I’ve been reflecting on two contrasting pieces on the reasons for switching into a leadership role. First, Pat Kua’s article for LeadDev, Reasons to step into a leadership role (and the reasons not to), and second, Charity Majors’ post, The Official, Authorized List of Legitimate Reasons for Deciding to Become a Manager.
“Why do you want to become a team leader?” is one of the first questions you’ll be asked when you express an interest in pursuing the role. You’ll be asked by your manager, their manager, your mentor, HR, and pretty much everyone else you meet along the way. When I was being mentored for the role, my mentor would ask me this question at the beginning of every session. It’s something I was forced to think about a lot, and get better at articulating.
If you’re an individual contributor on the receiving end of this question, I think it’s important to know what the commonly perceived good, and not-so-good reasons are. Your answer can have a strong bearing on where this and future conversations go. Of course, I’m not saying you should be dishonest — it’s important to consider the question, and be able to articulate your reasons in your own words — just be conscious of the proximity of your answer to less good reasons.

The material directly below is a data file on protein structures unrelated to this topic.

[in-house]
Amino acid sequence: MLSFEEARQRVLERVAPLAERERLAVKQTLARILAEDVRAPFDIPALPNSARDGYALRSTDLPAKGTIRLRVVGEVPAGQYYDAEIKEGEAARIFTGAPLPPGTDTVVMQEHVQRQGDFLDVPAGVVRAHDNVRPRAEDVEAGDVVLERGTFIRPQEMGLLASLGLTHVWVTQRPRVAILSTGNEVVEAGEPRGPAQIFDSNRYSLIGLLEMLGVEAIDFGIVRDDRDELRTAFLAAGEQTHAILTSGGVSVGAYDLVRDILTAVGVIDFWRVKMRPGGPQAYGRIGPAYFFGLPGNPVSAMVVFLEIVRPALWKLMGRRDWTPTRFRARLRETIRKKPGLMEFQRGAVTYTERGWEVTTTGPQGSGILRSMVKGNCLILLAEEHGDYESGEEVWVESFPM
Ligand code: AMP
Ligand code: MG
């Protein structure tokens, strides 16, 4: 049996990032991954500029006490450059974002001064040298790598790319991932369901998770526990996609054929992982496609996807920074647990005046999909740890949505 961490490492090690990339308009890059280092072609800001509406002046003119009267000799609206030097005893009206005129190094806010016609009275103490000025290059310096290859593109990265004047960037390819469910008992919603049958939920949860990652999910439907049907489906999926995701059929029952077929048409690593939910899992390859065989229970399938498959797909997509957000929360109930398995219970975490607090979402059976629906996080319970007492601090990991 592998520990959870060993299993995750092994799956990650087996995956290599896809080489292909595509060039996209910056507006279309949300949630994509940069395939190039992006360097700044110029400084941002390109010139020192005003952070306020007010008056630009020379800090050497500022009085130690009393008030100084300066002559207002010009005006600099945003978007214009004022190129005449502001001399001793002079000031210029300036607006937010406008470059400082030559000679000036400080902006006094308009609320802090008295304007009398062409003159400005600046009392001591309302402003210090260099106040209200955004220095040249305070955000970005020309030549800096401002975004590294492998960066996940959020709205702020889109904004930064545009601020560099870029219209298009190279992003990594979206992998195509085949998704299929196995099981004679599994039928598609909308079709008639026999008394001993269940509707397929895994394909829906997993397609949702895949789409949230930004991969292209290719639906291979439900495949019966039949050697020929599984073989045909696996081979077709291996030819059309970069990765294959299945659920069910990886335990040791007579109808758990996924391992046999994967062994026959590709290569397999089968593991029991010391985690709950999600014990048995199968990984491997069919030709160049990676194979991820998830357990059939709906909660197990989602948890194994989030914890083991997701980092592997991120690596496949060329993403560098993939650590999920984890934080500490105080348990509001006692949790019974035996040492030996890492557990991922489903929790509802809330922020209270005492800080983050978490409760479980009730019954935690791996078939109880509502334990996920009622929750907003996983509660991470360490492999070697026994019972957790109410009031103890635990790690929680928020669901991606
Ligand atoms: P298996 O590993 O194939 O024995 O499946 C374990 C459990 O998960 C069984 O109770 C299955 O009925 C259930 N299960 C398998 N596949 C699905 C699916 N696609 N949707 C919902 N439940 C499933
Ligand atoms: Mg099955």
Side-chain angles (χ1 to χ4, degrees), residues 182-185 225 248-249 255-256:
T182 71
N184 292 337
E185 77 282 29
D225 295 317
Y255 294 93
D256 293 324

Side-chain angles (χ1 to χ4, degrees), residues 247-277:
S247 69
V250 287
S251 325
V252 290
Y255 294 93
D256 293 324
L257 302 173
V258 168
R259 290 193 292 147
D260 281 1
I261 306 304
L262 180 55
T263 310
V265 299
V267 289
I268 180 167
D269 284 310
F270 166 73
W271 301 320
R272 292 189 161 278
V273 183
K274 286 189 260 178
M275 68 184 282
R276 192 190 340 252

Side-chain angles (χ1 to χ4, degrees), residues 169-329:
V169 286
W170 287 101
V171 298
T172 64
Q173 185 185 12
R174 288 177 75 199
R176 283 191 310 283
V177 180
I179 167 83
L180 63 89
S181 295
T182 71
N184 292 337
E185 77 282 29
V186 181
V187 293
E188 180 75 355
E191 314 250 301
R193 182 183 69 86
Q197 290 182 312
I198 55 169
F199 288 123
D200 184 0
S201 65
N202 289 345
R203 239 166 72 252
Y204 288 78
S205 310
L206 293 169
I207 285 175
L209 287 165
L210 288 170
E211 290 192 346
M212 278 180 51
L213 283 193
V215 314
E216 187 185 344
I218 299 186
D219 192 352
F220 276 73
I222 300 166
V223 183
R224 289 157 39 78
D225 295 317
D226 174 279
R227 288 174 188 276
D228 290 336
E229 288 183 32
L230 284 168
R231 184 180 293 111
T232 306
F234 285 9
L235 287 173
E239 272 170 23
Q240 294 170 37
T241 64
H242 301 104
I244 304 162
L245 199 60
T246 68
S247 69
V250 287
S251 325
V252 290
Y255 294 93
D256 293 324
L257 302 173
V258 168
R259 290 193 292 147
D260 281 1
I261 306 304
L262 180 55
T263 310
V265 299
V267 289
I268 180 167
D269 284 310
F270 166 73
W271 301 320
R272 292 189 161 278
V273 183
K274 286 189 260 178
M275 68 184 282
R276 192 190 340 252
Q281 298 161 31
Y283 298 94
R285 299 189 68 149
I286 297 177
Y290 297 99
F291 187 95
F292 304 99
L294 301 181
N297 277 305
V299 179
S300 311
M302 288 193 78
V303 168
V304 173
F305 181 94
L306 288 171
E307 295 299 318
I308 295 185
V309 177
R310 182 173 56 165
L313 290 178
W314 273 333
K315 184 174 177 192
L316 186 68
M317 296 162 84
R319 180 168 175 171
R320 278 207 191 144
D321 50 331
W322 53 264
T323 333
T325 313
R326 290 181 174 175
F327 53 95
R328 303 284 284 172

It’s because I feel the need to give this advice that I’m sometimes uneasy about the question, and probably why Charity’s article resonated so much with me. Often — and I have been guilty of this — I think the question is asked from the perspective of a gatekeeper; where a clear, concise, and compelling answer is required, and any deviation or doubt is grounds for concern. I think these expectations are unrealistic, particularly for someone at the very beginning of a role change like this.
Instead, our responsibility as the questioner is to — as Charity writes — demystify the leadership role. The question should be the starting point for a series of conversations to explain what the role involves (the good and the bad), to explore the person’s motivations and expectations, and most importantly, to have an open dialogue about what areas of feedback they will need to work on in order to be successful in the role. The absence of clear feedback here is so often the cause of frustration, where the individual believes they have made their intentions clear, but remains in the dark on what they need to do in order to make progress.
To be clear: “Why do you want to become a team leader?” is an important question that is worth reflecting on and exploring — let’s just make sure it’s coming from a place of support and sponsorship, rather than of judgement.